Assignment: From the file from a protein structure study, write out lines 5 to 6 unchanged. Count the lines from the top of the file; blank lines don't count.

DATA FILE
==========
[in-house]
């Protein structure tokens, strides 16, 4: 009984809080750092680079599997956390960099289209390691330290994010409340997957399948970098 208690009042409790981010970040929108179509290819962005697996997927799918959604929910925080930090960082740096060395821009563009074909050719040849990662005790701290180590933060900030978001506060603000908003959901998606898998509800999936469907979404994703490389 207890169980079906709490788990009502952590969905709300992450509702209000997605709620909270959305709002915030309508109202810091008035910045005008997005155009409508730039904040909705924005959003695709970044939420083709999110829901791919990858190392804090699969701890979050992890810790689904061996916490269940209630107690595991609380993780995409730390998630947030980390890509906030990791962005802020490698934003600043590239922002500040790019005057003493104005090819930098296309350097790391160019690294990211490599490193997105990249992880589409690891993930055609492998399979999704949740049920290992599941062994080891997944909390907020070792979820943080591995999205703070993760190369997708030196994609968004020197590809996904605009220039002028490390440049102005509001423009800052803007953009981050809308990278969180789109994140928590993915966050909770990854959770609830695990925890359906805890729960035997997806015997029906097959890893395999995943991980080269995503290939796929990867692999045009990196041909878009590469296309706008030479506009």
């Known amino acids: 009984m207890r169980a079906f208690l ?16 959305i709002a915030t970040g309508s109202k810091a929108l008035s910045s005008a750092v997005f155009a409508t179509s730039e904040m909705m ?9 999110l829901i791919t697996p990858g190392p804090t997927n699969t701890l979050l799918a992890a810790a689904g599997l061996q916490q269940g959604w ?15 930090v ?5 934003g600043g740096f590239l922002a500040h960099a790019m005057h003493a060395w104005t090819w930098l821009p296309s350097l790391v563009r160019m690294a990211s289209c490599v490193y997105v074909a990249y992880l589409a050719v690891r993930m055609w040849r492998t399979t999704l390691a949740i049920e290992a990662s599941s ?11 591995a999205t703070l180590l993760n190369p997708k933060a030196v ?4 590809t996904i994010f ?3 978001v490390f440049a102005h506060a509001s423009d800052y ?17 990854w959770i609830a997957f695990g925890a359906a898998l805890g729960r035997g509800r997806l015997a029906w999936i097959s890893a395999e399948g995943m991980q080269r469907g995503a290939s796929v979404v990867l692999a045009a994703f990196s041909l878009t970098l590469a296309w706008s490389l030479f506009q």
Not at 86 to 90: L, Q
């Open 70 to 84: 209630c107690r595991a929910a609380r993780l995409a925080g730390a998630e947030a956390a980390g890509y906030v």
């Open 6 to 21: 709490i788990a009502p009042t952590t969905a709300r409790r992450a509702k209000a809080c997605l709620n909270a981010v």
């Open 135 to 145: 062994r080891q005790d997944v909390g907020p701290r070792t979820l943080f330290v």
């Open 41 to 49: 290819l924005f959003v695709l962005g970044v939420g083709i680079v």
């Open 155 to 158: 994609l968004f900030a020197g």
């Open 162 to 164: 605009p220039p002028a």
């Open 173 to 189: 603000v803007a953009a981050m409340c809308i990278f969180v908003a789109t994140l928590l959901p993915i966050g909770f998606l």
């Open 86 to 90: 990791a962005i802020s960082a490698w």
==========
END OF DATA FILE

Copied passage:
């Open 70 to 84: 209630c107690r595991a929910a609380r993780l995409a925080g730390a998630e947030a956390a980390g890509y906030v």
């Open 6 to 21: 709490i788990a009502p009042t952590t969905a709300r409790r992450a509702k209000a809080c997605l709620n909270a981010v």